Yonge History, Family Crest & Coats of Arms
Yonge is a name whose history is entwined with the ancient Anglo-Saxon tribes of Britain. It was a name for a person who was very young, from the Old English word yong and yung and was first bestowed on the younger of two bearers of the same personal name, usually a son who was named for his father.
Early Origins of the Yonge family
The surname Yonge was first found in Essex, where the first record of the name appears in the Anglo-Saxon Chronicle as Wilfer seo lunga in 744. Many years later Walter Yonge was listed in the Subsidy Rolls for Sussex in 1296. 
Another reference lists Hugh le Yunge in the Hundredorum Rolls of 1273 as residing in Oxfordshire. The same rolls list Ralph le Younge in Staffordshire and later William le Yunge in Northumberland during the reign of Edward I. 
Down in Devon, Honiton was "for a long period it was very much of a family borough. Members of the Yonge family sat almost continuously from 1640 to 1796." 
Early History of the Yonge family
This web page shows only a small excerpt of our Yonge research. Another 117 words (8 lines of text) covering the years 1271, 1400, 1500, 1423, 1407, 1437, 1423, 1425, 1405, 1476, 1405, 1426, 1411, 1413, 1414, 1455, 1466, 1467, 1516, 1467, 1463, 1526, 1579, 1649, 1603, 1663, 1642, 1660, 1646, 1721, 1860, 1868 and are included under the topic Early Yonge History in all our PDF Extended History products and printed products wherever possible.
Yonge Spelling Variations
Before the last few hundred years, the English language had no fast system of spelling rules. For that reason, spelling variations are commonly found in early Anglo-Saxon surnames. Over the years, many variations of the name Yonge were recorded, including Young, Younge, Yonge, Youngson and others.
Early Notables of the Yonge family (pre 1700)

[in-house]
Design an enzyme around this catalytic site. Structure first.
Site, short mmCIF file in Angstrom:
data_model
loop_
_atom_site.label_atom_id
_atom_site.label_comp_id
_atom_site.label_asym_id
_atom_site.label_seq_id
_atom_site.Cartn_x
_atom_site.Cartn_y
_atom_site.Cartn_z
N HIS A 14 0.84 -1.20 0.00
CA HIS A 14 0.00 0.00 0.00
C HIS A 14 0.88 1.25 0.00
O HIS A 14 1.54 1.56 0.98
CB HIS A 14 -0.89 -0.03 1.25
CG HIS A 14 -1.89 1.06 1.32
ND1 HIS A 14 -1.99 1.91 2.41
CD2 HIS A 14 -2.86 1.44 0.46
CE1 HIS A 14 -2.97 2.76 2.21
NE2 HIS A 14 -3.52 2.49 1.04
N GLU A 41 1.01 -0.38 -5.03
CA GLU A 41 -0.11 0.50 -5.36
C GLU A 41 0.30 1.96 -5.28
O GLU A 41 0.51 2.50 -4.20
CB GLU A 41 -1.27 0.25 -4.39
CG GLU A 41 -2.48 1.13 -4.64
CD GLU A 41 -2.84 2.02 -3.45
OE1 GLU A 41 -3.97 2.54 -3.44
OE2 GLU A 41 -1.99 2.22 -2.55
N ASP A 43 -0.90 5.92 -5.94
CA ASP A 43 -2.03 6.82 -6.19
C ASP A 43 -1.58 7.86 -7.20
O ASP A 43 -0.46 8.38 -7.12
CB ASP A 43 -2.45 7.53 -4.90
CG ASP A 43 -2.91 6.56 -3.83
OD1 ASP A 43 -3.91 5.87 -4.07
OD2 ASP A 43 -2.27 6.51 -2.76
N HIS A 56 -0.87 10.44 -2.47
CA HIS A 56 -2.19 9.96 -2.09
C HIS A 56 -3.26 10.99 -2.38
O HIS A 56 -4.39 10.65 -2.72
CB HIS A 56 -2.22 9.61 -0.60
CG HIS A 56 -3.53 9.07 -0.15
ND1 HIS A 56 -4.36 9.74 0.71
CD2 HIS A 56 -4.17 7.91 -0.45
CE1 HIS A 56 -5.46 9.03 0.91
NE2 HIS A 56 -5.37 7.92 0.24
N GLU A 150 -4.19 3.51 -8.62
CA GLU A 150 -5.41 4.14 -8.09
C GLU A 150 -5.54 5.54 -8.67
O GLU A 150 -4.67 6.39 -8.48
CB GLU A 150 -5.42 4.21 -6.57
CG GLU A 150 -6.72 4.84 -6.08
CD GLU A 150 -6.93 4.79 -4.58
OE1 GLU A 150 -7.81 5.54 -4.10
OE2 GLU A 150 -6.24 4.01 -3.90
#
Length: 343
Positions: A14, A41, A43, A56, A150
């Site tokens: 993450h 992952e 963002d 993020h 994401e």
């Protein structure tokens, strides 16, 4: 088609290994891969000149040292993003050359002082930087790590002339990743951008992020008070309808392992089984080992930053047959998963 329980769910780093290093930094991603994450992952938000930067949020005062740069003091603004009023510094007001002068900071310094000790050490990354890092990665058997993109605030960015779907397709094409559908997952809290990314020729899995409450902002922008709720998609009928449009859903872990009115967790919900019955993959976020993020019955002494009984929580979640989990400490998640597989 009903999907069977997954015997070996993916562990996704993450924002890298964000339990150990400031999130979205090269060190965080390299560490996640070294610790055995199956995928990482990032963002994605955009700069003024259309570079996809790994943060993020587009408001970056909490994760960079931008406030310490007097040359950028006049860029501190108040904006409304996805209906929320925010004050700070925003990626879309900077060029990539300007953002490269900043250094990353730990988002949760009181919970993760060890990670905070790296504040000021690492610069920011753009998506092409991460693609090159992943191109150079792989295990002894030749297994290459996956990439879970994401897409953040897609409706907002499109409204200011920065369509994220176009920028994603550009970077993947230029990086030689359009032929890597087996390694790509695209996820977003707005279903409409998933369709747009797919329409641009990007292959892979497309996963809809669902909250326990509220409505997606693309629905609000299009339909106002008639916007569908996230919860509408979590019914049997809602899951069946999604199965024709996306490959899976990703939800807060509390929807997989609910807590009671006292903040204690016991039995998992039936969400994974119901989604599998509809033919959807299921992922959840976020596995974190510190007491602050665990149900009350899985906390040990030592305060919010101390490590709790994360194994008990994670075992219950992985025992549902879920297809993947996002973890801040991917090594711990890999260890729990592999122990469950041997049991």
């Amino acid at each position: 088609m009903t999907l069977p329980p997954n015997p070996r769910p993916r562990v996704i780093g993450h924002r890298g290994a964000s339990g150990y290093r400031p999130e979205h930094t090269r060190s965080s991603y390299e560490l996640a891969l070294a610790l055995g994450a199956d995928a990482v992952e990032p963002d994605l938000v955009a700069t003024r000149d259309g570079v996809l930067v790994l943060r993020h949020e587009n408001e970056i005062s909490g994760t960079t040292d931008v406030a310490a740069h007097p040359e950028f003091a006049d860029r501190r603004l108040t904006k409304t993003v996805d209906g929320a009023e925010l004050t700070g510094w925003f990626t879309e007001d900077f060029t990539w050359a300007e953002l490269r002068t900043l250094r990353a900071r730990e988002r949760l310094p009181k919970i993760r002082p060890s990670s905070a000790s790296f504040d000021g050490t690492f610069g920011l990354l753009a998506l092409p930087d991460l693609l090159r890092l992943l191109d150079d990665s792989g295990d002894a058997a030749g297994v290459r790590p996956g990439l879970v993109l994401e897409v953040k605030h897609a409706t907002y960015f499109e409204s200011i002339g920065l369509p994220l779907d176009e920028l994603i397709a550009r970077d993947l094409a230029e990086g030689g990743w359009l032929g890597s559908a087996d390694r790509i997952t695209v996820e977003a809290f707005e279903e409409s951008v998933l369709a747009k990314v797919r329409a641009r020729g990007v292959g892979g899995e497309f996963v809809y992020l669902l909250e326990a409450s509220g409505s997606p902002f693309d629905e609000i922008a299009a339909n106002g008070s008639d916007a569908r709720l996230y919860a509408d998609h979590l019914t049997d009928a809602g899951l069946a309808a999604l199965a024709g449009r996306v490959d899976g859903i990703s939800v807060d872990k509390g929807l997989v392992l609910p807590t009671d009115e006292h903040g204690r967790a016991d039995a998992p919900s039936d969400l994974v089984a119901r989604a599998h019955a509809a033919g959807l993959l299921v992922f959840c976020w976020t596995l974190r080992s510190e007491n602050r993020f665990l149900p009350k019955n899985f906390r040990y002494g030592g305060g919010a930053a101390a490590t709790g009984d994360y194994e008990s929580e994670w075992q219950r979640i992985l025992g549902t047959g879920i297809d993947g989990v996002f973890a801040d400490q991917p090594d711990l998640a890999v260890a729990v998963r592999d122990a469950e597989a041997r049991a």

Distinguished members of the family include James Yonge (fl. 1423), English translator who belonged to an English family settled in the Irish pale. William Yonge, Archdeacon of Meath from 1407 to 1437, was possibly his brother. "James Yonge was in prison in Trim Castle from January to October 1423, being removed in the latter month to Dublin Castle, and being pardoned on 10 May 1425. A John Yonge was serjeant of the county of Limerick in the reign of Richard II, held a lease of various lands, and was convicted of unspecified felonies. " 
Thomas Yonge (1405?-1476), was an English judge...
Migration of the Yonge family to Ireland
Some of the Yonge family moved to Ireland, but this topic is not covered in this excerpt.
To escape oppression and starvation at that time, many English families left for the "open frontiers" of the New World with all its perceived opportunities. In droves people migrated to the many British colonies, those in North America in particular, paying high rates for passages in cramped, unsafe ships. Although many of the settlers did not make the long passage alive, those who did see the shores of North America perceived great opportunities before them. Many of the families that came from England went on to make essential contributions to the emerging nations of Canada and the United States. Research into various historical records revealed some of first members of the Yonge family emigrate to North America:
Yonge Settlers in United States in the 17th Century
Yonge Settlers in United States in the 18th Century
Yonge Settlers in United States in the 19th Century
The motto was originally a war cry or slogan. Mottoes first began to be shown with arms in the 14th and 15th centuries, but were not in general use until the 17th century. Thus the oldest coats of arms generally do not include a motto. Mottoes seldom form part of the grant of arms: Under most heraldic authorities, a motto is an optional component of the coat of arms, and can be added to or changed at will; many families have chosen not to display a motto.
Motto: Toujours jeune
Motto Translation: Always young.